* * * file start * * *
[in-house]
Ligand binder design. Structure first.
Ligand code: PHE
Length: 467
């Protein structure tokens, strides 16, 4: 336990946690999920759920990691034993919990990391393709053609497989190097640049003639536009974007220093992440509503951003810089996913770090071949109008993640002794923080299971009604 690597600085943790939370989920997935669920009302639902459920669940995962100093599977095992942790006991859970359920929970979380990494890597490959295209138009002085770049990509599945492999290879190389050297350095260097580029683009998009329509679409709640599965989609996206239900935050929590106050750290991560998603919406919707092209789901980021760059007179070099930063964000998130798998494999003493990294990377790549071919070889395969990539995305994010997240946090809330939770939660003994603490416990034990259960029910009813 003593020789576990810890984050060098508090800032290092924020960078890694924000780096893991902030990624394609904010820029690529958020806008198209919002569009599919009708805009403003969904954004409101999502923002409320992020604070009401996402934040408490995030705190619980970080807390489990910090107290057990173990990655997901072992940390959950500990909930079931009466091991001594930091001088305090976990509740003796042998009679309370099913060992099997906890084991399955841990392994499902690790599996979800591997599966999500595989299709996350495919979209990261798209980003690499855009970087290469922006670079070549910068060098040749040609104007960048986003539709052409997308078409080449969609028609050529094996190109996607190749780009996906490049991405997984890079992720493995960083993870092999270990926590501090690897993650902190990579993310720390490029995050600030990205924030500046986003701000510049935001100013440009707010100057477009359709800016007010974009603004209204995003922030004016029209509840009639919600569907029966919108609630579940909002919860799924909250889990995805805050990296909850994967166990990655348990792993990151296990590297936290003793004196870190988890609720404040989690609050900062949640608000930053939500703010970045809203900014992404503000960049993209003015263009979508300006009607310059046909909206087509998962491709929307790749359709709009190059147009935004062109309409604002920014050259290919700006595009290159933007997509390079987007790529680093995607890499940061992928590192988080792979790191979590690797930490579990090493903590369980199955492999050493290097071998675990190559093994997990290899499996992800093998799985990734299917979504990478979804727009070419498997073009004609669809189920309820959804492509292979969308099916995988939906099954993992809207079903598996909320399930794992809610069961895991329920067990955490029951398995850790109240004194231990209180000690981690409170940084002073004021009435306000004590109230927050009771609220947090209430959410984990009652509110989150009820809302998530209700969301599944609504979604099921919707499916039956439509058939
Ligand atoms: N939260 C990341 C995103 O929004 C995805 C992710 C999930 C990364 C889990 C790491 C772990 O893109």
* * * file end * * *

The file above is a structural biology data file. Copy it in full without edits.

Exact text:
[in-house]
Ligand binder design. Structure first.
Ligand code: PHE
Length: 467
């Protein structure tokens, strides 16, 4: 336990946690999920759920990691034993919990990391393709053609497989190097640049003639536009974007220093992440509503951003810089996913770090071949109008993640002794923080299971009604 690597600085943790939370989920997935669920009302639902459920669940995962100093599977095992942790006991859970359920929970979380990494890597490959295209138009002085770049990509599945492999290879190389050297350095260097580029683009998009329509679409709640599965989609996206239900935050929590106050750290991560998603919406919707092209789901980021760059007179070099930063964000998130798998494999003493990294990377790549071919070889395969990539995305994010997240946090809330939770939660003994603490416990034990259960029910009813 003593020789576990810890984050060098508090800032290092924020960078890694924000780096893991902030990624394609904010820029690529958020806008198209919002569009599919009708805009403003969904954004409101999502923002409320992020604070009401996402934040408490995030705190619980970080807390489990910090107290057990173990990655997901072992940390959950500990909930079931009466091991001594930091001088305090976990509740003796042998009679309370099913060992099997906890084991399955841990392994499902690790599996979800591997599966999500595989299709996350495919979209990261798209980003690499855009970087290469922006670079070549910068060098040749040609104007960048986003539709052409997308078409080449969609028609050529094996190109996607190749780009996906490049991405997984890079992720493995960083993870092999270990926590501090690897993650902190990579993310720390490029995050600030990205924030500046986003701000510049935001100013440009707010100057477009359709800016007010974009603004209204995003922030004016029209509840009639919600569907029966919108609630579940909002919860799924909250889990995805805050990296909850994967166990990655348990792993990151296990590297936290003793004196870190988890609720404040989690609050900062949640608000930053939500703010970045809203900014992404503000960049993209003015263009979508300006009607310059046909909206087509998962491709929307790749359709709009190059147009935004062109309409604002920014050259290919700006595009290159933007997509390079987007790529680093995607890499940061992928590192988080792979790191979590690797930490579990090493903590369980199955492999050493290097071998675990190559093994997990290899499996992800093998799985990734299917979504990478979804727009070419498997073009004609669809189920309820959804492509292979969308099916995988939906099954993992809207079903598996909320399930794992809610069961895991329920067990955490029951398995850790109240004194231990209180000690981690409170940084002073004021009435306000004590109230927050009771609220947090209430959410984990009652509110989150009820809302998530209700969301599944609504979604099921919707499916039956439509058939
Ligand atoms: N939260 C990341 C995103 O929004 C995805 C992710 C999930 C990364 C889990 C790491 C772990 O893109």